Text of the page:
Everything I know about the sea and sailing I have learned from and with Marike. She does not speak in this piece, but, as in Nightwatch #1, is everywhere implied. Beneath the sound of the waves and the wind in the sails and the hum of the engine I am listening for her breath, for the sound of her stirring. I move quietly in the dark hours, so as to let her rest, every hour logging our position on paper so that should something go wrong with the power systems on the boat, we know (more or less) where we are. She does likewise as I am sleeping, sailing sailing sailing into the light. Continue reading Nightwatch #2 (on boredom)
Night or day, when at sea we are always on watch, Marike and I.
She is the skipper, the one who oversees and takes charge of the whole vessel–without her there would be neither vessel nor voyage–and I navigator and cook, but we make all of the important decisions about what to do on a passage together, including how and when to spell each other off. Continue reading Nightwatch #1 (on demons and ghosts)
A rainy morning in Ohio.
I’ve not seen my brother for many months. Yet here he is,
on the porch, plucking out a tune.
Waiting for me to wake. Continue reading Brother poem
The day spoils we say meaning
the rain will soon come.
As if it, too, were not as essential as air. Continue reading The day spoils (exercising translation)
There is a ghost of sorrow who lives in my heart.
It wakes; it keeps me awake;
it squeezes against my chest.
Sometimes it leaks from my eyes when I am driving
as if lured by a ribbon of song or Continue reading Ghost of sorrow
The house cracks with cold and I wake as if gunshot, veering from dream into thumping pressure on my eardrums. I am inside Ilya Kaminsky’s republic of the deaf watching birds lift noiselessly into the sky after an explosion. The news coming from the Ukraine, from Odessa and Kharkiv and Lviv and Kyiv is uniformly terrible. Continue reading Watching birds lift noiselessly after an explosion (Postcard with Ilya Kaminsky)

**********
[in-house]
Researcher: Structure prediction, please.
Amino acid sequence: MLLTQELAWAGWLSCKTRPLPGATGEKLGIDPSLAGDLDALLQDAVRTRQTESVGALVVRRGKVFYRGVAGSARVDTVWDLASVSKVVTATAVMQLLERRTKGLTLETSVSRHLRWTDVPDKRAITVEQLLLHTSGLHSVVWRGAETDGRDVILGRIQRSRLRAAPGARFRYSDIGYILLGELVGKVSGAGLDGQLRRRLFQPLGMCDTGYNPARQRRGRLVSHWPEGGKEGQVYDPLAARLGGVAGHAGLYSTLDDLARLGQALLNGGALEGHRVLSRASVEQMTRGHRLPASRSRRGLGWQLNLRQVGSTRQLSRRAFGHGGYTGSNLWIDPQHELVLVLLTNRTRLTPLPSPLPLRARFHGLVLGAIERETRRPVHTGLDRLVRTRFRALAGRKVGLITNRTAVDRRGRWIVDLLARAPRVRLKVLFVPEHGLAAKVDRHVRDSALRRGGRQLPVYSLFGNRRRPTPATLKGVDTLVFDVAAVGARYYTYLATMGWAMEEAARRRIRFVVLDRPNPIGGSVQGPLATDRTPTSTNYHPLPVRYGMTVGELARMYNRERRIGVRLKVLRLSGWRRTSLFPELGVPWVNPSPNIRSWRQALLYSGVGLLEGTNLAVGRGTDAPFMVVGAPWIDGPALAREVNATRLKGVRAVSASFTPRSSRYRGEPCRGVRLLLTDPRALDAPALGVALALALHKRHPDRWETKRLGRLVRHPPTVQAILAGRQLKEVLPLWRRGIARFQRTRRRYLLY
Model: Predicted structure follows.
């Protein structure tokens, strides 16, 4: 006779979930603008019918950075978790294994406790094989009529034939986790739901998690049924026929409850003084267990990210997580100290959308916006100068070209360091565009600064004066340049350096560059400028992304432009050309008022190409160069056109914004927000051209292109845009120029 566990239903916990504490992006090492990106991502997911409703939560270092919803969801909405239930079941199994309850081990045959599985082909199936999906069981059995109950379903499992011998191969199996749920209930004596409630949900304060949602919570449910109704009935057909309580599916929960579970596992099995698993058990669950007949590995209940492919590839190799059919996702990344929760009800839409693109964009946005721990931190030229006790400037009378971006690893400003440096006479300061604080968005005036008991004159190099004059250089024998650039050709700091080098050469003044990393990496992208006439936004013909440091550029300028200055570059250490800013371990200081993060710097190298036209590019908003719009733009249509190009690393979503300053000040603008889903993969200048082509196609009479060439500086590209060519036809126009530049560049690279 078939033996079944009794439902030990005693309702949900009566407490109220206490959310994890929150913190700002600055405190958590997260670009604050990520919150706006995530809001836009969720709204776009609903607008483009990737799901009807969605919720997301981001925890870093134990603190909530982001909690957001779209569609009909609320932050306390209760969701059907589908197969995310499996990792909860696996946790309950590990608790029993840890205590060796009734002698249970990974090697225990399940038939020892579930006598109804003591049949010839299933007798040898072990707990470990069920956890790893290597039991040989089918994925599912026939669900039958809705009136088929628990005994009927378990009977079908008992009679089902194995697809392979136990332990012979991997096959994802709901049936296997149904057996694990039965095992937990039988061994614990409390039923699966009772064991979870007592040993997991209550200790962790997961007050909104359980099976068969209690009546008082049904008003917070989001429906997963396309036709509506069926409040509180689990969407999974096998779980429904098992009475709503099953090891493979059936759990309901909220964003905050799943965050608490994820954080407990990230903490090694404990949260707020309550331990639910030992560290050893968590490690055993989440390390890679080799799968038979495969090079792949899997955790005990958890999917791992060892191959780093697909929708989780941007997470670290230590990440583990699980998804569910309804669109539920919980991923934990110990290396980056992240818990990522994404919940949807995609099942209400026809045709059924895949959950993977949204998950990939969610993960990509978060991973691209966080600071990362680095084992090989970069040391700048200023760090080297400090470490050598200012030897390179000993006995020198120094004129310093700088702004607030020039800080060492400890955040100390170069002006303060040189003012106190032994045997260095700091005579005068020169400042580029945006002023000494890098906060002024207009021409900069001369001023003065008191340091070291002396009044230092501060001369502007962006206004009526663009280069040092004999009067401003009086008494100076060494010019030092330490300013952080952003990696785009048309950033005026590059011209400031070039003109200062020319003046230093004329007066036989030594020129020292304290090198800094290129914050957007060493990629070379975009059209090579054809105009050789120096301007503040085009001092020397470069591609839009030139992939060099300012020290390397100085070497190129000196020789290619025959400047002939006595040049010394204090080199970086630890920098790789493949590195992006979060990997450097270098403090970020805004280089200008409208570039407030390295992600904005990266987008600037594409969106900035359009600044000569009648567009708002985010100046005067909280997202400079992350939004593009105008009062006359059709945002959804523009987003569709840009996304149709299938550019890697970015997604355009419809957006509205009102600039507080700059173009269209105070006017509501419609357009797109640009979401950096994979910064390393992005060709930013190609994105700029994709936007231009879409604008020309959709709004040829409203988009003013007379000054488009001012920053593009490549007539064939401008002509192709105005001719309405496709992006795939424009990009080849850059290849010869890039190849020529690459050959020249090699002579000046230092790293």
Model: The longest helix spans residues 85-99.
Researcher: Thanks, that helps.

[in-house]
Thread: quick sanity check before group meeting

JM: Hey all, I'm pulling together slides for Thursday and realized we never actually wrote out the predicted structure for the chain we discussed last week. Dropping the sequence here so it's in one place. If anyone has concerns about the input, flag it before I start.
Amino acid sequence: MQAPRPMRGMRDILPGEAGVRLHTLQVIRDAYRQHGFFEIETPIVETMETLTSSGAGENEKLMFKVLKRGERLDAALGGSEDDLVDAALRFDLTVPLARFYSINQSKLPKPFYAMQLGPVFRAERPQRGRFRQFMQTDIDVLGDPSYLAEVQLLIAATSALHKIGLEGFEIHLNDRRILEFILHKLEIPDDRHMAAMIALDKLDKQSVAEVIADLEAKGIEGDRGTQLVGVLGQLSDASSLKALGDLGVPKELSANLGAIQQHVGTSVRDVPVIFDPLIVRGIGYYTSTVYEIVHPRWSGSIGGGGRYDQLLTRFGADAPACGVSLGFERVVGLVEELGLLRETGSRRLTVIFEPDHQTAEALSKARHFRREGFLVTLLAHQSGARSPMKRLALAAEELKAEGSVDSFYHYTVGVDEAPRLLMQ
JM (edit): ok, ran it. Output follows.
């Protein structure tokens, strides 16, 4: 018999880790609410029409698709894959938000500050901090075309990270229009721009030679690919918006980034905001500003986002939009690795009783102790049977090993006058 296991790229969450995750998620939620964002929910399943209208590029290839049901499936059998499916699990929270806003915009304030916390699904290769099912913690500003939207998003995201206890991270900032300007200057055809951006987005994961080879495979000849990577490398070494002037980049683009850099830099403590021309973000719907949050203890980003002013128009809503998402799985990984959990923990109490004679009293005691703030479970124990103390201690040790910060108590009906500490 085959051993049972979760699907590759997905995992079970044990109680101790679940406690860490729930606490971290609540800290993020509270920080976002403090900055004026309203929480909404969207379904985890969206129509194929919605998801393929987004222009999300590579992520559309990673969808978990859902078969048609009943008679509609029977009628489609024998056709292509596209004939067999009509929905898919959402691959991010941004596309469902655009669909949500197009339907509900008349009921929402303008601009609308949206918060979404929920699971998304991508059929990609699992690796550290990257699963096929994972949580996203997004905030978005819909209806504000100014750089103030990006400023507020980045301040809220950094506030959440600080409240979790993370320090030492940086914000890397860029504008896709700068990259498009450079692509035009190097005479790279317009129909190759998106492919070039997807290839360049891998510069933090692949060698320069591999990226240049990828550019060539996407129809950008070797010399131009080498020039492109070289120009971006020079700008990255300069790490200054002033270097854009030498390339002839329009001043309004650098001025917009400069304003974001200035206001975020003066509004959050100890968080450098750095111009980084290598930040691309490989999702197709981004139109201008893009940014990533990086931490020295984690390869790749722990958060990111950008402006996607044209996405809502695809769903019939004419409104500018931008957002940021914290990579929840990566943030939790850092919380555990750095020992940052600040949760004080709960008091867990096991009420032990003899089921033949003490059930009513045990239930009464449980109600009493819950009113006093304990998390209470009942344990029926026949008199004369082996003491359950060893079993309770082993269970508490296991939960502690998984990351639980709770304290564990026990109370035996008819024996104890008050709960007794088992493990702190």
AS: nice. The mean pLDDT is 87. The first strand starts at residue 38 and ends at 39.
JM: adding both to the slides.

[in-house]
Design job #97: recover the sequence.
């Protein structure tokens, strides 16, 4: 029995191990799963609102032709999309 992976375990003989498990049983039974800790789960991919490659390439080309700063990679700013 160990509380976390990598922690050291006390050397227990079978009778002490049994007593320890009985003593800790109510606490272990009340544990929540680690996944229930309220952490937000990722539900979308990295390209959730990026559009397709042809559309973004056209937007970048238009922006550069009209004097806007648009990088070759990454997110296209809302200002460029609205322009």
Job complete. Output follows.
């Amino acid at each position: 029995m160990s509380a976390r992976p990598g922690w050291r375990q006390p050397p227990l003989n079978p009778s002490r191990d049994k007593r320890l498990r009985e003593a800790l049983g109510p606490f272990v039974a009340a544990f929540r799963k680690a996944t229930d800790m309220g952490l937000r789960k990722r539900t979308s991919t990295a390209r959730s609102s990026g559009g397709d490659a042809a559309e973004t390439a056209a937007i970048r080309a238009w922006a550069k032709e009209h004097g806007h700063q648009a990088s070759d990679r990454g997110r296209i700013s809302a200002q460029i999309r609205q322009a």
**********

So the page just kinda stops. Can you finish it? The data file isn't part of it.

Why are you here and what do you need to live well in the world? What are your responsibilities? Who are your ancestors and where are they now? What do they have to do with where you are? What will you do to be a good ancestor? Continue reading Questions for my students that I also ask myself
I let out the dog and stand in the air, inhaling lungfuls of land and sea smell. A damp breeze circles my ankles. Suddenly nearby a loon cry and then another and another. On this shore we say that means a change in the weather. Usually rain. But I also hear: company in the darkness so eloquent that at once it pierces and names your loneliness. Loonsong the stitch that knits life and death and every isolated sorrow, the sound for which I’ve forever waited at the water’s edge, neither coming nor going nor yet surely staying. Continue reading Nightdark loonsong heartswail
We gathered rhubarb from our neighbours’ patch and close by, in a dell, I found a broad scattering of violets, the last of the season. I plucked them and dropped them into my hat; I wanted to try to make violet flower ink. Continue reading An alchemy of violets
We walk in the rain at dusk along /a broken black road frogs chanting/in the ditches…
This poem is one of a series of shortened sonnets, in which I test what happens if I compress the sonnet into 13 rather than 14 lines. It feels as if, sometimes, hurry is what happens–the poem dashes off, like a dog into the night. Continue reading Into the thrill